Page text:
At a time when modern metal is so slavishly led by the following of whatever fashion carousel is popular this week, rare are the bands who find success on their own, gimmick-free terms. A decade into their career, Southampton/ Portsmouth quintet Bury Tomorrow are, by whatever yardstick you want to measure it, one such band.
With an ethos which has never wavered from a threefold focus on unswerving passion, unrelenting hard work and remorselessly driving, slash ’n’ burn riffola, Bury Tomorrow have hauled themselves into a position as one of the UK’s premiere purveyors of mosh by the sheer force of their own will. 2014’s ‘Runes’ saw a veritable dam-break for the band, a UK rock chart number one and top 40 success in the mainstream, it was a record that enabled them to take their devastating live show to festival main stages across Europe and the UK, before finally culminating in a headline tour which saw the band playing to 1400 braying fans at a sold out London KOKO.
Now though, with Earthbound, they have stepped things up yet another gear.
“To me, Earthbound feels like the distillation of everything we’ve ever wanted this band to be about,” says frontman Dani Winter-Bates. “Our first three records are kind of part of their own trilogy but this is Bury Tomorrow’s record, we all see this as our chance to show people what we are capable of.”
Certainly Earthbound finds BT on more concise form that ever before: ten tracks that get in, batter you across the face, and get out again with precious little time for respite or caught breath. Hardcore mentality for a metalcore generation.
“A big thing for us this time around was to get down to the real nitty gritty of what our fans wanted from us and how to give them without wasting a single second,” continues Dani. “To me, there are ten singles on this album, whereas before we’ve maybe ebbed and flowed over the course of a record, with Earthbound we wanted pace, we wanted heaviness, and for me, personally, I wanted to write a record which was the sonic embodiment of a circle pit. I think we’ve done that.”
With notable influences ranging from axe-slinging New Wave Of American Heavy Metallers Unearth and Darkest Hour to the apoplectic fury of Terror and Madball, this is one that will get the pit spinning with consummate ease.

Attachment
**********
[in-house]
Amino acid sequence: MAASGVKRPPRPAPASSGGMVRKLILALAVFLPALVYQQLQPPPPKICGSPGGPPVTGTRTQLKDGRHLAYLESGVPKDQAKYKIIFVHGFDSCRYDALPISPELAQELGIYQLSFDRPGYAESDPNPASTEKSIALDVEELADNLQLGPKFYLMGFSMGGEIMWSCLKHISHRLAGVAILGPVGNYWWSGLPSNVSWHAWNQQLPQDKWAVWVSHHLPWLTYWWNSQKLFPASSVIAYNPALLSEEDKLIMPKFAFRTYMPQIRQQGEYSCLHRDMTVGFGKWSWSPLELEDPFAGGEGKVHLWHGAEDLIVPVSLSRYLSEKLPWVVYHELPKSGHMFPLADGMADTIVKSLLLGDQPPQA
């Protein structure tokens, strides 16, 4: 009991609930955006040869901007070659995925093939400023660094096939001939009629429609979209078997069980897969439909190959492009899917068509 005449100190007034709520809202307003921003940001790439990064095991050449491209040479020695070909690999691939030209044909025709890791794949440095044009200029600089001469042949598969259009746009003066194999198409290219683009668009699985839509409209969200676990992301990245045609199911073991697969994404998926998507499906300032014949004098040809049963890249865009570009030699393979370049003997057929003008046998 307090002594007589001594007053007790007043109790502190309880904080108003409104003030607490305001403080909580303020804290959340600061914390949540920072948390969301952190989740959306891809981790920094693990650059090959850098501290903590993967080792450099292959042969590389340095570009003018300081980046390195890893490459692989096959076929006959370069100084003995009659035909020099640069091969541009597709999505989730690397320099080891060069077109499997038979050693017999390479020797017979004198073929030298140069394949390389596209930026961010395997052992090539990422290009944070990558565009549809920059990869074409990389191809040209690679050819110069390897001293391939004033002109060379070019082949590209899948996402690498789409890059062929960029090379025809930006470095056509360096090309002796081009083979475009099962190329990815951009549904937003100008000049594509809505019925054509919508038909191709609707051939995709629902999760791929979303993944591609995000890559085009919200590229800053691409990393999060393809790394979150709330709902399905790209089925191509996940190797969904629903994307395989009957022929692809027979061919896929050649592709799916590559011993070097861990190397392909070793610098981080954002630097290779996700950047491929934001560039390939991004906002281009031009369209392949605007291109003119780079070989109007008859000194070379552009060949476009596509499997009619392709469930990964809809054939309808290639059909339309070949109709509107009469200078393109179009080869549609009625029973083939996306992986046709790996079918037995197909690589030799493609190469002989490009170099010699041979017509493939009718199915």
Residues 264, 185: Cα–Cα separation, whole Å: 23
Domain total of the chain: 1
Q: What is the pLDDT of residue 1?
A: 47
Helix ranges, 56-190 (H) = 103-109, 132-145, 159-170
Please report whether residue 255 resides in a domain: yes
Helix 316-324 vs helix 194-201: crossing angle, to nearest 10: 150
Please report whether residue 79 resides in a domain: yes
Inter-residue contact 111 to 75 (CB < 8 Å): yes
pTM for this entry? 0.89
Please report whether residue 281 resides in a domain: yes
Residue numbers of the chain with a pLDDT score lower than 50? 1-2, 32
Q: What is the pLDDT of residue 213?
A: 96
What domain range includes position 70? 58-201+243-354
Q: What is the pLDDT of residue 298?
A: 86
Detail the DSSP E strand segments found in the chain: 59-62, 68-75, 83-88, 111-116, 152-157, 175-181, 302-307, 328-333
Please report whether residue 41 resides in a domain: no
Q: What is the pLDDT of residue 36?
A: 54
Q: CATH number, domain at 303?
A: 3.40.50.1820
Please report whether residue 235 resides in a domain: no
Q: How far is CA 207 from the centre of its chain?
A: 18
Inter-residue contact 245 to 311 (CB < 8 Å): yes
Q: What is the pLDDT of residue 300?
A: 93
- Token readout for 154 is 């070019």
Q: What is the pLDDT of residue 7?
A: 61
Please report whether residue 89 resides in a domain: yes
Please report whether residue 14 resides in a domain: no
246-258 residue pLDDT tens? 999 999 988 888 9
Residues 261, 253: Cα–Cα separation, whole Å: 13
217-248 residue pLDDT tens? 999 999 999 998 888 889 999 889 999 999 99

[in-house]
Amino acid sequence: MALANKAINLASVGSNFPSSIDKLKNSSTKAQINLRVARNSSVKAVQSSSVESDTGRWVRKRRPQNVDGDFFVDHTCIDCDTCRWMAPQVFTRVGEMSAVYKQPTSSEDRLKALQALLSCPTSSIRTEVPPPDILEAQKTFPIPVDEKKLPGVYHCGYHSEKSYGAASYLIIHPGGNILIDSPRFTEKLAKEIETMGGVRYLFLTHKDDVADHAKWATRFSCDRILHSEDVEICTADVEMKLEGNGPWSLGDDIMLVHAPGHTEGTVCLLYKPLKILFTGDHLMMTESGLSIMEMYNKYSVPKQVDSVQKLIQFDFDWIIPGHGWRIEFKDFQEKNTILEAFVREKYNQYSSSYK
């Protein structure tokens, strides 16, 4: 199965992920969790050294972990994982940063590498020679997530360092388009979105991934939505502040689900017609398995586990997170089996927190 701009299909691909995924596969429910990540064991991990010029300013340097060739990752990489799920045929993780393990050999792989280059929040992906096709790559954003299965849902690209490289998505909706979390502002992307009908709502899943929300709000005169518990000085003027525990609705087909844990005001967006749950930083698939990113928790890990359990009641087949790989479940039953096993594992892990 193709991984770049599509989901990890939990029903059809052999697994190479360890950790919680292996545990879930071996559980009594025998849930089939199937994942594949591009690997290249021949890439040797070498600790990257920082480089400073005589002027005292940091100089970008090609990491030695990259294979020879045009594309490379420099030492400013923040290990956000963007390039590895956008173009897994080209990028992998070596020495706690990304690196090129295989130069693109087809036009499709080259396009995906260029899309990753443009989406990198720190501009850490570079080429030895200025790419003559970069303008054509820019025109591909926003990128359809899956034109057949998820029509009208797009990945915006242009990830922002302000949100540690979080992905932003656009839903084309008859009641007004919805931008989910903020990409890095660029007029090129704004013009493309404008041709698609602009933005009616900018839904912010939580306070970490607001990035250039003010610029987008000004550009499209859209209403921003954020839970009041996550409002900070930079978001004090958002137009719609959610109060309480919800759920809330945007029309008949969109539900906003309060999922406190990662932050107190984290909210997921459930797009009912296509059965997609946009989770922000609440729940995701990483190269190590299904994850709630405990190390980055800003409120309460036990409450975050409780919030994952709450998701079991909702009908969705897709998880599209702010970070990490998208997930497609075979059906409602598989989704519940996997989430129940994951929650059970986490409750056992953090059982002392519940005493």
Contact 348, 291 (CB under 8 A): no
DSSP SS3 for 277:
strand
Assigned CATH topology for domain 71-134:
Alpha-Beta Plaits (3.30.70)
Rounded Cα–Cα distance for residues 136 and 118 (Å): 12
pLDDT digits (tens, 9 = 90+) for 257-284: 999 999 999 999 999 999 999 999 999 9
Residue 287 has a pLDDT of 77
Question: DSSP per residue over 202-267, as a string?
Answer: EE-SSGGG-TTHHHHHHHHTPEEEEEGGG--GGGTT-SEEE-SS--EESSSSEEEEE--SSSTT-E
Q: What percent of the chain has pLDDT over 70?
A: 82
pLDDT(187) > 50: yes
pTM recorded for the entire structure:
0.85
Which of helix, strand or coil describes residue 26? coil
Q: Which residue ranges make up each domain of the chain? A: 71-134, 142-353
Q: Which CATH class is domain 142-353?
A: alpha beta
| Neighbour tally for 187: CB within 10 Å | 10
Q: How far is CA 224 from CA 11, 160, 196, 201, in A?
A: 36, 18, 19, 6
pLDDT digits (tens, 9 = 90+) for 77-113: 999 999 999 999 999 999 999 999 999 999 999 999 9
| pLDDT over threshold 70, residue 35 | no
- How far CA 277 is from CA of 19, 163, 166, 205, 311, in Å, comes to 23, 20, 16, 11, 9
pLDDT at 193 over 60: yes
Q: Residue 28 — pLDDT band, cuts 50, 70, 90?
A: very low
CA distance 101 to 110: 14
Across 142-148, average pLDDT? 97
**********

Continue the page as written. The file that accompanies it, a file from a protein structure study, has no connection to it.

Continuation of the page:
But while fans of the heavy stuff will find plenty to grasp onto here, it’s the now trademark interplay between Dani and guitarist/singer Jason Cameron which sets Earthbound apart. “It’s much more mature in the interplay between me and Jason,” Dani notes. “We’ve been playing together for ten years now and it feels like we have an almost telepathic understanding of one another. We’ve always wanted to be like one vocalist in two parts and I think we’ve achieved that here.”
One listen to the sky-scraping euphoria of ‘Last Light’ or the call-to-arms swagger of the title track will tell you that Dani isn’t lying: monstrous anthems from a band who are coming of age as a truly astonishing force of musical nature. Elsewhere, ‘301’s chastising punch sees Hatebreed’s Jamey Jasta lending his iron lungs to proceedings to devastating effect.
“More than anything that song is about how our music belongs to our fans first, those first 301 people who run to Youtube who want to check it out and are excited about it. Not the shit-talkers or people in the music industry who think they’re more important that everyone else. And honestly, Hatebreed are one of my favourite bands so I just hit up Jamey on Twitter and was like ‘We’d love you to be on this song!’. He was so into it and the attitude behind it he agreed straight away. And yeah, it’s kind of a ‘Fuck you’ to all those people who go ‘Bury Tomorrow aren’t proper metal’ or whatever. It’s Jamey fucking Jasta and I know our fans are going to love it.”
It’s that focus on their fan base which has made BT not only one of the best, but one of the most well-loved bands working in the UK today, and, in Dani, one of the most charismatic frontmen imaginable.
“I remember doing tours not 4 or 5 years ago when we’d be playing to 20 or 30 kids and we’d be stoked on that,” he recalls. “Now we’re doing 1000+ cap rooms but to me nothing has changed. I still want to meet every kid who is there, get a picture if they want one and sign something if they want it signed. That’s just the kind of people we are – that’s just the kind of band we are. We have worked hard to be where we are – so hard – and I think the kids who come to our shows see that, they see how genuine it is. We aren’t a cool band, we aren’t a particularly glamorous band but we are a band who give everything for those people who have paid their hard-earned money for a ticket to see our show. That’s what we’ve always been about and always <will> be about.”
But with Earthbound looming on the horizon, Bury Tomorrow’s fortunes look set to go through the roof and all the hard work pay off in spades. With a colossal tour alongside Parkway Drive and Thy Art Is Murder around the corner and the promise of their finest album to date under their belts, the bands salad days are surely still yet to come.
“Where we are now is where we’ve always wanted to be,” smiles Dani. “And now we’re in the position to truly deliver on what we’ve promised so far. We aren’t going to let anyone down.”